Few sights on Earth are as awe-inspiring (or terrifying) as that of a tornado spindling down from a storm-choked sky. So we feed our obsession. We flood the Internet with twister footage and headlines about peculiar vortices and rampaging storms.

It all leads to an inevitable question: Is tornadic activity increasing?

"There's no evidence that it is," says Joshua Wurman, president of the Center for Severe Weather Research. "If you look at the frequency of tornado reports in the U.S., they're going up every decade, but there's pretty good evidence that it's due to improved reporting efficiency."

Scientists call this a reporting effect, meaning that reports of a phenomenon increase but actual occurrences do not. Yes, it might seem like more trees are falling in the forest, but it's only because more people are there to hear them.

Population growth and technological advances are at the heart of the statistical rise in tornado activity, Wurman says.

Statistical Uncertainty

Research meteorologist Harold Brooks of the National Severe Storms Laboratory, however, warns that reporting effects may not be the only factor at work.

"We just don't know," Brooks says. "It could all be reporting effects, but we obviously can't be sure. There could be real meteorological changes going on, but changes in the reporting system make it impossible to discover."

The issue comes down to the way we record data on tornadoes versus other meteorological phenomena, Brooks says.

"Tornadoes are target-of-opportunity observations," Brooks says. "There has to be someone there who sees the event, or if the impacts of the event are noticeable, then there has to be a system in place to collect that report and to preserve it for posterity."

By comparison, temperature data collection is pretty straightforward: You place a thermometer at given location, check the findings frequently and record the data for a century.

Plus, tornado reporting in the United Sates largely aims to save lives by providing advance tornado warning, not climate data. Even the Enhanced Fujita Scale for rating tornadoes depends on damage to human structures. Tree damage is sometimes helpful, but trees fall easily and are scarce in twister hotspots such as the Great Plains.

"I've seen strong tornadoes going through open fields, and they don't really do a whole lot of damage," Wurman says. "They just break some grass, even though the wind might have been very, very strong. So it's difficult to rate them."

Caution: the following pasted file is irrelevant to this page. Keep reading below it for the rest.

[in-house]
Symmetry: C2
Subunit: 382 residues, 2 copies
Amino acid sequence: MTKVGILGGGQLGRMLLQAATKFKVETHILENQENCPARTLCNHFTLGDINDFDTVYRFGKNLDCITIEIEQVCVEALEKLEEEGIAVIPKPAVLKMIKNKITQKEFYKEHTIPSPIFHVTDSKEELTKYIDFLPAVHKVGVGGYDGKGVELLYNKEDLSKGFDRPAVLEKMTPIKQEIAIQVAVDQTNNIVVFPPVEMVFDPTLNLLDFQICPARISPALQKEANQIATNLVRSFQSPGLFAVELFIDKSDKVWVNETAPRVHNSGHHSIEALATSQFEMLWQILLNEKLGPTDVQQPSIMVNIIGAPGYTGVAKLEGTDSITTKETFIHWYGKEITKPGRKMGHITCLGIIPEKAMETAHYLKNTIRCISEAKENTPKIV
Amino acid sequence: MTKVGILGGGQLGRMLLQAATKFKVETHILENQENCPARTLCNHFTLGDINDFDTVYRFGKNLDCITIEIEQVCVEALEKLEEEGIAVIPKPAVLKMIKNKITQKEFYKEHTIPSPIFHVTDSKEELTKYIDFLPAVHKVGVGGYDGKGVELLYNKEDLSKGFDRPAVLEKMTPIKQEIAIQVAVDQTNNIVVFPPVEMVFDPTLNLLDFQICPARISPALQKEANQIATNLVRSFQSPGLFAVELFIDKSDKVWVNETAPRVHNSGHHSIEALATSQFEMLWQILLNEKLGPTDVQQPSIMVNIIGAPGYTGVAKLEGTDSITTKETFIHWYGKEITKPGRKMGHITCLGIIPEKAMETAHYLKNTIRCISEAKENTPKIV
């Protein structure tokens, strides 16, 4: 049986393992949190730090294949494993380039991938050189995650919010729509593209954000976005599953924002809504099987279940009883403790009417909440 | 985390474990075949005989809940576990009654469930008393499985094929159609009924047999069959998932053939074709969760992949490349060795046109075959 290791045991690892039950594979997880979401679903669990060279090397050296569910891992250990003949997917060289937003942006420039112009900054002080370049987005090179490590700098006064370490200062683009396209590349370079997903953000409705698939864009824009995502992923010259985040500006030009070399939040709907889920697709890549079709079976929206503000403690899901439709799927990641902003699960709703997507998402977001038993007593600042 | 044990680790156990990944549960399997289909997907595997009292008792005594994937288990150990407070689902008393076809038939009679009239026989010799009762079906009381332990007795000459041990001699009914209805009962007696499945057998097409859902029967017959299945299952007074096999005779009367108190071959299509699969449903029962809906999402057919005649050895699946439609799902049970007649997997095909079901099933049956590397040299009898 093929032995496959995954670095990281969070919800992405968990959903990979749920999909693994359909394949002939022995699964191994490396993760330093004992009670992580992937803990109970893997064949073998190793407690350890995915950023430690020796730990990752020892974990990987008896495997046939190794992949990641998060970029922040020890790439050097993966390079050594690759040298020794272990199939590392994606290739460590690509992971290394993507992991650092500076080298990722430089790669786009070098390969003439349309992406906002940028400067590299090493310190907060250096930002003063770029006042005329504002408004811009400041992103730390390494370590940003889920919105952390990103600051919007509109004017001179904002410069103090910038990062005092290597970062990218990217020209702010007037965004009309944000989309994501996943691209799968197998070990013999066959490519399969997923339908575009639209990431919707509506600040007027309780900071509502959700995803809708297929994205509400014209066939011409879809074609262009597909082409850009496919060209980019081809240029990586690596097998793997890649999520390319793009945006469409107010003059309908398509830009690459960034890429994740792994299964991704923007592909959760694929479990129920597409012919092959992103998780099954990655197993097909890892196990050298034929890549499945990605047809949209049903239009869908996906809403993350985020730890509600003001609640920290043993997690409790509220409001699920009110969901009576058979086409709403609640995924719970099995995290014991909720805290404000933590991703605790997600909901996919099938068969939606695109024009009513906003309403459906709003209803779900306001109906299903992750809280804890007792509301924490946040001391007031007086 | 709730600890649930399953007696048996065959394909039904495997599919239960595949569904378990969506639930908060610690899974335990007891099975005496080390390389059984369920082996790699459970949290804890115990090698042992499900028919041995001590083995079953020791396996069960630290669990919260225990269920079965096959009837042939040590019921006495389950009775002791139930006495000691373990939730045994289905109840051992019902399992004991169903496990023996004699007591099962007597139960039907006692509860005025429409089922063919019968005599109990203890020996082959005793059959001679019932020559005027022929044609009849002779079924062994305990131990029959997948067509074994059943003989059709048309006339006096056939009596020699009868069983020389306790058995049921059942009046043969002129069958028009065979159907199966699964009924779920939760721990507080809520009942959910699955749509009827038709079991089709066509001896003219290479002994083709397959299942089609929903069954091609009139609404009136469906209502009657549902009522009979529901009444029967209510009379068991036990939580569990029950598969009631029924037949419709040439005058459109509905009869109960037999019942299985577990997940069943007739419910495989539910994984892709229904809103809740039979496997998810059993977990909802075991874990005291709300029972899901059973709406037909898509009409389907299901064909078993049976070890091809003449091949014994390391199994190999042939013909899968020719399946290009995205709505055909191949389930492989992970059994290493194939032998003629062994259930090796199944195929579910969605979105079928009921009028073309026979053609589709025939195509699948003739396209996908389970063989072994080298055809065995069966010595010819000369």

Wurman's Doppler on Wheels (DOW) provides meteorologists with detailed, on-site tornado analysis, but only a few radar systems of this kind exist. There's simply too much storm activity to cover. Even the 2009 VORTEX2 program, the largest field study of tornadoes in history, could only study a small fraction of U.S. tornadic activity.

What Would It Take?

What would it take for widespread tornadic activity to increase? According to Brooks, it essentially comes down to three key ingredients: warm moisture at low levels, cold air at high levels and changes in wind direction that produce rotation.

Meteorologists can predict how these ingredients might change in the future with the help of computer climate models.

"The big signal in North America will be an increase in the low level moisture," Brooks says. "So that's a favorable thing for tornadoes. The temperatures aloft will probably warm a little bit, but not enough to counterbalance. So we'll have a more favorable thermodynamic profile for tornadic storms."

Wind, however, depends largely on temperature differences between areas — such as the difference between the poles and the equator. Climate models predict the Earth's poles will warm more than its equator, which means less of a gap between temperatures and less favorable wind shear. This situation, Brooks says, would be unfavorable for tornadoes.

So it really comes down to chance. Will North America experience tornado-strengthening temperatures and moisture levels before poor wind shear conditions kick in? Or will the changes occur congruently, calming tornado-producing storms?

"At this point, it's really tough to tell which will win," Brooks says.

Image: NOAA